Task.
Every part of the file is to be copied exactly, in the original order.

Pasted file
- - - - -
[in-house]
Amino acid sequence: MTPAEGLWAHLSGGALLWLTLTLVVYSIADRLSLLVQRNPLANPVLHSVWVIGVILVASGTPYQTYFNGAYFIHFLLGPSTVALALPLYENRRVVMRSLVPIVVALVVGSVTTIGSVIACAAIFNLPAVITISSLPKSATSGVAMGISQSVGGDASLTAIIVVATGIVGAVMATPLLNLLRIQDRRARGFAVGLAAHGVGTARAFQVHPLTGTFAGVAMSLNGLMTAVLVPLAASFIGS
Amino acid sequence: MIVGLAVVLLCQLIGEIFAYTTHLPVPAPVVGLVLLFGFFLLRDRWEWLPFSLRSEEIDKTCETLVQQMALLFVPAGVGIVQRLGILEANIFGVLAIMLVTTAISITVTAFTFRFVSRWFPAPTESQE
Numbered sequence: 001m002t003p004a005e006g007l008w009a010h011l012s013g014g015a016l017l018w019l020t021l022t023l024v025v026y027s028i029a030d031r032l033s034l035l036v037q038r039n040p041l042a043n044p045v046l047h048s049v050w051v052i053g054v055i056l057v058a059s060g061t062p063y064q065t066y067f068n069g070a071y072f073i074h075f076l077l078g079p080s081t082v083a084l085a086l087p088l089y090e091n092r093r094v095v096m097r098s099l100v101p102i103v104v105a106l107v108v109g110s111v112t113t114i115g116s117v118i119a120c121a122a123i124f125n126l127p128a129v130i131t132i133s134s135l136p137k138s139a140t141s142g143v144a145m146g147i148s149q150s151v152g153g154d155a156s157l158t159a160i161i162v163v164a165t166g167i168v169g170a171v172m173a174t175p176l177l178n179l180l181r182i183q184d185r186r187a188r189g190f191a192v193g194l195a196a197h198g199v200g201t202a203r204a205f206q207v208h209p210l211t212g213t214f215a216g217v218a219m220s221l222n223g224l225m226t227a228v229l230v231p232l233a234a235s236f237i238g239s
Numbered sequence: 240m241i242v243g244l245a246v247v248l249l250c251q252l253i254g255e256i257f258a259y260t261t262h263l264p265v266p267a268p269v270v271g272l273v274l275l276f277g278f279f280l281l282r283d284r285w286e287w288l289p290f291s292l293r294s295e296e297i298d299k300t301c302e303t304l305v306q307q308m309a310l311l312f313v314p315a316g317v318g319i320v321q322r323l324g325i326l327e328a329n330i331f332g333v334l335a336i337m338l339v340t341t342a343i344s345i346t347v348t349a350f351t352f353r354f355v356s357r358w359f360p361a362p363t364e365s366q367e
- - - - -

[in-house]
Amino acid sequence: MTPAEGLWAHLSGGALLWLTLTLVVYSIADRLSLLVQRNPLANPVLHSVWVIGVILVASGTPYQTYFNGAYFIHFLLGPSTVALALPLYENRRVVMRSLVPIVVALVVGSVTTIGSVIACAAIFNLPAVITISSLPKSATSGVAMGISQSVGGDASLTAIIVVATGIVGAVMATPLLNLLRIQDRRARGFAVGLAAHGVGTARAFQVHPLTGTFAGVAMSLNGLMTAVLVPLAASFIGS
Amino acid sequence: MIVGLAVVLLCQLIGEIFAYTTHLPVPAPVVGLVLLFGFFLLRDRWEWLPFSLRSEEIDKTCETLVQQMALLFVPAGVGIVQRLGILEANIFGVLAIMLVTTAISITVTAFTFRFVSRWFPAPTESQE
Numbered sequence: 001m002t003p004a005e006g007l008w009a010h011l012s013g014g015a016l017l018w019l020t021l022t023l024v025v026y027s028i029a030d031r032l033s034l035l036v037q038r039n040p041l042a043n044p045v046l047h048s049v050w051v052i053g054v055i056l057v058a059s060g061t062p063y064q065t066y067f068n069g070a071y072f073i074h075f076l077l078g079p080s081t082v083a084l085a086l087p088l089y090e091n092r093r094v095v096m097r098s099l100v101p102i103v104v105a106l107v108v109g110s111v112t113t114i115g116s117v118i119a120c121a122a123i124f125n126l127p128a129v130i131t132i133s134s135l136p137k138s139a140t141s142g143v144a145m146g147i148s149q150s151v152g153g154d155a156s157l158t159a160i161i162v163v164a165t166g167i168v169g170a171v172m173a174t175p176l177l178n179l180l181r182i183q184d185r186r187a188r189g190f191a192v193g194l195a196a197h198g199v200g201t202a203r204a205f206q207v208h209p210l211t212g213t214f215a216g217v218a219m220s221l222n223g224l225m226t227a228v229l230v231p232l233a234a235s236f237i238g239s
Numbered sequence: 240m241i242v243g244l245a246v247v248l249l250c251q252l253i254g255e256i257f258a259y260t261t262h263l264p265v266p267a268p269v270v271g272l273v274l275l276f277g278f279f280l281l282r283d284r285w286e287w288l289p290f291s292l293r294s295e296e297i298d299k300t301c302e303t304l305v306q307q308m309a310l311l312f313v314p315a316g317v318g319i320v321q322r323l324g325i326l327e328a329n330i331f332g333v334l335a336i337m338l339v340t341t342a343i344s345i346t347v348t349a350f351t352f353r354f355v356s357r358w359f360p361a362p363t364e365s366q367e